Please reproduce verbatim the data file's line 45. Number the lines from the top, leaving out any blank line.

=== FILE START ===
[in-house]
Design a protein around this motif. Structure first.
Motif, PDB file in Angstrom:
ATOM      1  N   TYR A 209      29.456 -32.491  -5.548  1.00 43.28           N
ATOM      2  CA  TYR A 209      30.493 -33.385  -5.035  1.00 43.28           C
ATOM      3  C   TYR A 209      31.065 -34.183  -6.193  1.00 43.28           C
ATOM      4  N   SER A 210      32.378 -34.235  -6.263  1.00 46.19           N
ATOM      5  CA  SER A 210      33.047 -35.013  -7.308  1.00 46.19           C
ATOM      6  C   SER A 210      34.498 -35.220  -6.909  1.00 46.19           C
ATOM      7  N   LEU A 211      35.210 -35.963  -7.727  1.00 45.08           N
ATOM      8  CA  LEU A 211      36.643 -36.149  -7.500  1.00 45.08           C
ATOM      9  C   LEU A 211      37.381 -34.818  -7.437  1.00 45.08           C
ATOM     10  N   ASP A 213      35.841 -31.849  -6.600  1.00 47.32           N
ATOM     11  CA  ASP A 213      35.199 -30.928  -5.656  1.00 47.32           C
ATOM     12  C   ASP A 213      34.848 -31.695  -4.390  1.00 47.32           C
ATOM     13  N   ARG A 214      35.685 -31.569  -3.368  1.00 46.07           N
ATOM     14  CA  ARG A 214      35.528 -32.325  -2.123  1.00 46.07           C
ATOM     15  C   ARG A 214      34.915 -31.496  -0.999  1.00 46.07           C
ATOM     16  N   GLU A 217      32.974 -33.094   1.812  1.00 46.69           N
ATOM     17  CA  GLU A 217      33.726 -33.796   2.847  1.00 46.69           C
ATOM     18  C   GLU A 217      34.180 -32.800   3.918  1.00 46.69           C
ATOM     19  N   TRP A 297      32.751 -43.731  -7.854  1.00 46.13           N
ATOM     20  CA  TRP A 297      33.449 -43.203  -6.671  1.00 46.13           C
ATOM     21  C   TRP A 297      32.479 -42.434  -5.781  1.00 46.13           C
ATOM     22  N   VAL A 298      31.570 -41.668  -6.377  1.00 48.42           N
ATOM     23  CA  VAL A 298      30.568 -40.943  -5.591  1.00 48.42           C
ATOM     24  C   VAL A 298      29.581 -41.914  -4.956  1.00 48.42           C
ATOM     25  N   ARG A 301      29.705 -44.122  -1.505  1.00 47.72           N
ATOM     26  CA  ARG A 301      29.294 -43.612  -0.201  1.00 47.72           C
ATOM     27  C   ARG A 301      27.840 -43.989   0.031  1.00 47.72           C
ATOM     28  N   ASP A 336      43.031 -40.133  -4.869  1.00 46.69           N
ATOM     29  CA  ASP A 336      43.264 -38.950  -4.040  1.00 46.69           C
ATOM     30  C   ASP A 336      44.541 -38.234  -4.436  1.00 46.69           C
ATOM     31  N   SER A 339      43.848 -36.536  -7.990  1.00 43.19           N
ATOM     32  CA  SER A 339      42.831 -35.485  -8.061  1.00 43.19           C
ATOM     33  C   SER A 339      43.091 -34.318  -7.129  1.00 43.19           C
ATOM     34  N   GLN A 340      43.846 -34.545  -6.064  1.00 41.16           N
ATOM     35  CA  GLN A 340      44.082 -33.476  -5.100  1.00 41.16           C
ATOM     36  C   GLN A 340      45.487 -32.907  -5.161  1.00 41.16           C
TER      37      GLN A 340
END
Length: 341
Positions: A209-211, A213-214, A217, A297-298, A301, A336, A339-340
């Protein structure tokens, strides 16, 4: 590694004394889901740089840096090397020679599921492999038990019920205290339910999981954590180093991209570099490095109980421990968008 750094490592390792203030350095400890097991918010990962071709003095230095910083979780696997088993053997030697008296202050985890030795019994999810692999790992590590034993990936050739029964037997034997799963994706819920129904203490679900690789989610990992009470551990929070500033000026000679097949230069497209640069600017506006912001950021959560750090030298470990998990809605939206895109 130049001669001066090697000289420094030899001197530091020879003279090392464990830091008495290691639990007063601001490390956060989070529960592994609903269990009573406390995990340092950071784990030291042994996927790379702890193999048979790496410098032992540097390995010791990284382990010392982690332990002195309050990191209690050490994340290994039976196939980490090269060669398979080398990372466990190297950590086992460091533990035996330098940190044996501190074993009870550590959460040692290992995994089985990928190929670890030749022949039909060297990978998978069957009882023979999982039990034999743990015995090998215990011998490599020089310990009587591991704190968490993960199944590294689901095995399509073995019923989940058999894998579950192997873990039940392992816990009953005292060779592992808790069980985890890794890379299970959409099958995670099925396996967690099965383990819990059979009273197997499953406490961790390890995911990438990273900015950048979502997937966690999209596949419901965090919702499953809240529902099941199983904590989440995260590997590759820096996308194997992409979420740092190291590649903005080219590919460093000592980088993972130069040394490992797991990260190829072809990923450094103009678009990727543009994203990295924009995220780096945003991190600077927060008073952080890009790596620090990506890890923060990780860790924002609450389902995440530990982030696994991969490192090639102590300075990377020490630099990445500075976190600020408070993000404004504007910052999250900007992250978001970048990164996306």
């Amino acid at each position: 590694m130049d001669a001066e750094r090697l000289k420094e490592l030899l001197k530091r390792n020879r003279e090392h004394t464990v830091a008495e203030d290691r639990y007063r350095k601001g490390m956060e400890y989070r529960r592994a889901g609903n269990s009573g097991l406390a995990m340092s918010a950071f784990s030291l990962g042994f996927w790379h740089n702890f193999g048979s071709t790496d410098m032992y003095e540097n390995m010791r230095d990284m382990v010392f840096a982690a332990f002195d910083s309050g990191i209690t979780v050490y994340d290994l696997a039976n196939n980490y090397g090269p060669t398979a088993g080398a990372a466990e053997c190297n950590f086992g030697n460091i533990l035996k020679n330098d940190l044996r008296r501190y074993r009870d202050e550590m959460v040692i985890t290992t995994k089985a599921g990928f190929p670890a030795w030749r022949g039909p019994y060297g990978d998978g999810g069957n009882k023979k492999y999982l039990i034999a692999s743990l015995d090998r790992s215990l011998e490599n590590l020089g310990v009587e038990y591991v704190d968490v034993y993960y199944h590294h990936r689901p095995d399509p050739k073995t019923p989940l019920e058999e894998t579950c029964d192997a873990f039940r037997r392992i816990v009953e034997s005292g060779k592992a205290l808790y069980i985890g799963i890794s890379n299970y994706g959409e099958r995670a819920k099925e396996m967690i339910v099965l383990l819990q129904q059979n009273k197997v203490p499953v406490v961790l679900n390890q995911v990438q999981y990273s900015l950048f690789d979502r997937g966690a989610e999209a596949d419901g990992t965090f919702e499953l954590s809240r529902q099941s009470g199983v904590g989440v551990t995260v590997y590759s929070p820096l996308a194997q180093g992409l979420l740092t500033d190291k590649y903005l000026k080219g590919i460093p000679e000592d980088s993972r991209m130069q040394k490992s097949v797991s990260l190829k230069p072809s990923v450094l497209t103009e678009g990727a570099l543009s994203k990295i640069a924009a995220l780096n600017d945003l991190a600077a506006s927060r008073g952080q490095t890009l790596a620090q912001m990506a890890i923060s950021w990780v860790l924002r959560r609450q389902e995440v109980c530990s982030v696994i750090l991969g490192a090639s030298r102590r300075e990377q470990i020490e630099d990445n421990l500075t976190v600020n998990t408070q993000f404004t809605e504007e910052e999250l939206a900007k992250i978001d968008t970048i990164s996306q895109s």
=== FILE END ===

């Amino acid at each position: 590694m130049d001669a001066e750094r090697l000289k420094e490592l030899l001197k530091r390792n020879r003279e090392h004394t464990v830091a008495e203030d290691r639990y007063r350095k601001g490390m956060e400890y989070r529960r592994a889901g609903n269990s009573g097991l406390a995990m340092s918010a950071f784990s030291l990962g042994f996927w790379h740089n702890f193999g048979s071709t790496d410098m032992y003095e540097n390995m010791r230095d990284m382990v010392f840096a982690a332990f002195d910083s309050g990191i209690t979780v050490y994340d290994l696997a039976n196939n980490y090397g090269p060669t398979a088993g080398a990372a466990e053997c190297n950590f086992g030697n460091i533990l035996k020679n330098d940190l044996r008296r501190y074993r009870d202050e550590m959460v040692i985890t290992t995994k089985a599921g990928f190929p670890a030795w030749r022949g039909p019994y060297g990978d998978g999810g069957n009882k023979k492999y999982l039990i034999a692999s743990l015995d090998r790992s215990l011998e490599n590590l020089g310990v009587e038990y591991v704190d968490v034993y993960y199944h590294h990936r689901p095995d399509p050739k073995t019923p989940l019920e058999e894998t579950c029964d192997a873990f039940r037997r392992i816990v009953e034997s005292g060779k592992a205290l808790y069980i985890g799963i890794s890379n299970y994706g959409e099958r995670a819920k099925e396996m967690i339910v099965l383990l819990q129904q059979n009273k197997v203490p499953v406490v961790l679900n390890q995911v990438q999981y990273s900015l950048f690789d979502r997937g966690a989610e999209a596949d419901g990992t965090f919702e499953l954590s809240r529902q099941s009470g199983v904590g989440v551990t995260v590997y590759s929070p820096l996308a194997q180093g992409l979420l740092t500033d190291k590649y903005l000026k080219g590919i460093p000679e000592d980088s993972r991209m130069q040394k490992s097949v797991s990260l190829k230069p072809s990923v450094l497209t103009e678009g990727a570099l543009s994203k990295i640069a924009a995220l780096n600017d945003l991190a600077a506006s927060r008073g952080q490095t890009l790596a620090q912001m990506a890890i923060s950021w990780v860790l924002r959560r609450q389902e995440v109980c530990s982030v696994i750090l991969g490192a090639s030298r102590r300075e990377q470990i020490e630099d990445n421990l500075t976190v600020n998990t408070q993000f404004t809605e504007e910052e999250l939206a900007k992250i978001d968008t970048i990164s996306q895109s």